Charles Speese

A black and white portrait of Mr. and Mrs. Speese in their wedding attire.
Charles Speese and Rosetta (Meehan) Speese on their Wedding Day in 1907.


Quick Facts
Claimed homesteads in two states
Place of Birth:
Seward County, Nebraska
Date of Birth:
January 8, 1882
Place of Death:
Casper, Wyoming
Date of Death:
October 25, 1970
Place of Burial:
Casper, Wyoming
Cemetery Name:
Highland Cemetery

Charles Speese used public land programs to build better lives for himself and his family.

Charles Speese married Rosetta (Meehan) Speese in Westerville, Nebraska, in 1907. They moved to join what would become Empire, Wyoming, in 1908. There, Speese homesteaded 320 acres under the Enlarged Homestead Act.

By the time he earned his patent, he owned a 26’ x 26’ shingle-roof home with five rooms—a large house for any homesteader.

Speese’s garden expanded to more than three acres by 1909. But he suffered many failed crops—during 1910-1912 his corn, rye, alfalfa, and potatoes repeatedly failed. He was unable to support the family in Empire. So they moved to DeWitty, Nebraska, another black homesteading community. There, they joined other members of their extended families.

Speese filed for 80 acres of land in DeWitty in 1920. Unlike their spacious home in Empire, the family’s dwelling in DeWitty was a more humble soddy. It was small, but it provided the family with a place to eat, a stove to cook on, a heater for warmth, beds, and an organ for entertainment.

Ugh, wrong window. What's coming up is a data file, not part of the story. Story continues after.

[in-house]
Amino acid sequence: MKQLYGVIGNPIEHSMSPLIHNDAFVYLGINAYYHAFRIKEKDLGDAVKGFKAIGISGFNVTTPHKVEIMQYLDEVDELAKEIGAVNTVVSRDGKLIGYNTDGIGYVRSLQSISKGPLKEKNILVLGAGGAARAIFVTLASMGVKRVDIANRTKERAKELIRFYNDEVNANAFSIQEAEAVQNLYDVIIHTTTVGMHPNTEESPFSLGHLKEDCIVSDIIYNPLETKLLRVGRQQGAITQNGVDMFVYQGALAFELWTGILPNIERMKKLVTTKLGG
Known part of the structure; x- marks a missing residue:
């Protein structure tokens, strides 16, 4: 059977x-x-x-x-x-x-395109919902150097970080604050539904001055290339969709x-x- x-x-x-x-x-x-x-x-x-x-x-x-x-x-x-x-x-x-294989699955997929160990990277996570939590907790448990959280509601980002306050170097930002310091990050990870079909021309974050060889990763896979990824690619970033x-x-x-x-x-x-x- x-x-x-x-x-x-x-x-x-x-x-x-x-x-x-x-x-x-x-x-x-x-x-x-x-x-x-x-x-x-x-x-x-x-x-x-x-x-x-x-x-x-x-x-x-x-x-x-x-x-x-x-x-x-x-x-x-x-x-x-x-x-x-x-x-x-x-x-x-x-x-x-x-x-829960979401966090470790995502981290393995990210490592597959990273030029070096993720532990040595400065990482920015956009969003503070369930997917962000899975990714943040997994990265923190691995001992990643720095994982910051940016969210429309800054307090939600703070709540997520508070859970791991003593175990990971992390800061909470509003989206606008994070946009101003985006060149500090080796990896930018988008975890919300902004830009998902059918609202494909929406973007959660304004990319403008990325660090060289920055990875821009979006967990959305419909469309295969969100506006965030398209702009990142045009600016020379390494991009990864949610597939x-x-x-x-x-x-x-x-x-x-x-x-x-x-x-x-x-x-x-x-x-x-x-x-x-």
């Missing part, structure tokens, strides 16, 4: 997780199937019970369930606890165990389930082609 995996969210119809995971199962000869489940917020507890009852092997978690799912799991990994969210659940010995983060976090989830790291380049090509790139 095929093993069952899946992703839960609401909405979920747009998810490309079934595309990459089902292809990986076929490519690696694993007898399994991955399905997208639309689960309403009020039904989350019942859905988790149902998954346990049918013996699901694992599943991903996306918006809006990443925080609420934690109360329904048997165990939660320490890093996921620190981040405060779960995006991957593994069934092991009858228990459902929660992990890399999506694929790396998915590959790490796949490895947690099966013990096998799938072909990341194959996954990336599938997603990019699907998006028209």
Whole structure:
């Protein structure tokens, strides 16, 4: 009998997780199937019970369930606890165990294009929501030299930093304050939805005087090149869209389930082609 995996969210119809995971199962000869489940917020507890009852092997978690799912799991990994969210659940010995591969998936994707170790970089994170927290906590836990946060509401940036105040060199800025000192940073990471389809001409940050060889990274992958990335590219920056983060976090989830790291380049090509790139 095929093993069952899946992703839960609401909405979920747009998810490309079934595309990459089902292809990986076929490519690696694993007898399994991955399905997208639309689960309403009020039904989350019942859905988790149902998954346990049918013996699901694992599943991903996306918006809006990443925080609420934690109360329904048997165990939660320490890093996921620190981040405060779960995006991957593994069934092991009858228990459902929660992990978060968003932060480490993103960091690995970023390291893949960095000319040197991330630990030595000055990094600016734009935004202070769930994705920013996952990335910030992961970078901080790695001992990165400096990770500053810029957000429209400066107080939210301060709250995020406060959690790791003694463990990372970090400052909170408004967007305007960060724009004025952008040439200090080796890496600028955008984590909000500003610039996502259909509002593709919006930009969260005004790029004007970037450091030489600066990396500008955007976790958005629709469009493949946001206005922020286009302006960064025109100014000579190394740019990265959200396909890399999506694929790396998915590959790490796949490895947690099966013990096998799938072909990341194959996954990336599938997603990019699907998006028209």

Charles spent most of his time working outside. Like many other homesteaders, he took off-farm jobs that kept him away from his family for months at a time. He supplemented his income by selling hay and renting land, and was able to winter his cattle elsewhere.

Charles and Rosetta valued education. They sought to provide the best possible educational resources for their children. They made extensive use of the state lending library to obtain extra reading materials.

Speese advocated for his rights as a citizen to claim public land. Local land agents refused to accept some of his claims for additional land, but Speese pursued what he understood to be his rights under the law. At one point he wrote directly to the Secretary of the Interior, seeking support for his claim.

In 1925, Charles Speese continued his quest for better land by moving with his family to Sully County, South Dakota.

Learn more about Black Homesteading in America.

Wyoming Patent Details - BLM GLO Records 320 acres

Nebraska Patent Details - BLM GLO Records 80 acres

Homestead National Historical Park

Last updated: November 2, 2021